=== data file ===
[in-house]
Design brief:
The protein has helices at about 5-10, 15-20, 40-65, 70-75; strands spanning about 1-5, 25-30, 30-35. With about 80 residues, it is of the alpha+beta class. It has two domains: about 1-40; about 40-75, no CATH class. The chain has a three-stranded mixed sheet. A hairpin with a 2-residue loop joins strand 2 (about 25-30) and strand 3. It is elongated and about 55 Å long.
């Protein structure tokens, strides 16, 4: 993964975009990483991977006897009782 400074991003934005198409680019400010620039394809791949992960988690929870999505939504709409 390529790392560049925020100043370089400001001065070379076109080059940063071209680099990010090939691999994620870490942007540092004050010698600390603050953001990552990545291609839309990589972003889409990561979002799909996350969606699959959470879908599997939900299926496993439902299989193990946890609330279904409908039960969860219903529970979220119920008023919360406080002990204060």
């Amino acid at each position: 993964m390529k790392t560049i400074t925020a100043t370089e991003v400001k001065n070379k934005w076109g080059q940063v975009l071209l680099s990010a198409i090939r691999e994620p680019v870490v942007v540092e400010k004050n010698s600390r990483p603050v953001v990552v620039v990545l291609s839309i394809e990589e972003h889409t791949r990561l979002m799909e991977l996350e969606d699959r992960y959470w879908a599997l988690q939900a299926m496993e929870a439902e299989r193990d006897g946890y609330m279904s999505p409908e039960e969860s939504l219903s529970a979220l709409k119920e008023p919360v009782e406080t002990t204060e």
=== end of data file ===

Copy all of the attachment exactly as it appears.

[in-house]
Design brief:
The protein has helices at about 5-10, 15-20, 40-65, 70-75; strands spanning about 1-5, 25-30, 30-35. With about 80 residues, it is of the alpha+beta class. It has two domains: about 1-40; about 40-75, no CATH class. The chain has a three-stranded mixed sheet. A hairpin with a 2-residue loop joins strand 2 (about 25-30) and strand 3. It is elongated and about 55 Å long.
């Protein structure tokens, strides 16, 4: 993964975009990483991977006897009782 400074991003934005198409680019400010620039394809791949992960988690929870999505939504709409 390529790392560049925020100043370089400001001065070379076109080059940063071209680099990010090939691999994620870490942007540092004050010698600390603050953001990552990545291609839309990589972003889409990561979002799909996350969606699959959470879908599997939900299926496993439902299989193990946890609330279904409908039960969860219903529970979220119920008023919360406080002990204060």
């Amino acid at each position: 993964m390529k790392t560049i400074t925020a100043t370089e991003v400001k001065n070379k934005w076109g080059q940063v975009l071209l680099s990010a198409i090939r691999e994620p680019v870490v942007v540092e400010k004050n010698s600390r990483p603050v953001v990552v620039v990545l291609s839309i394809e990589e972003h889409t791949r990561l979002m799909e991977l996350e969606d699959r992960y959470w879908a599997l988690q939900a299926m496993e929870a439902e299989r193990d006897g946890y609330m279904s999505p409908e039960e969860s939504l219903s529970a979220l709409k119920e008023p919360v009782e406080t002990t204060e």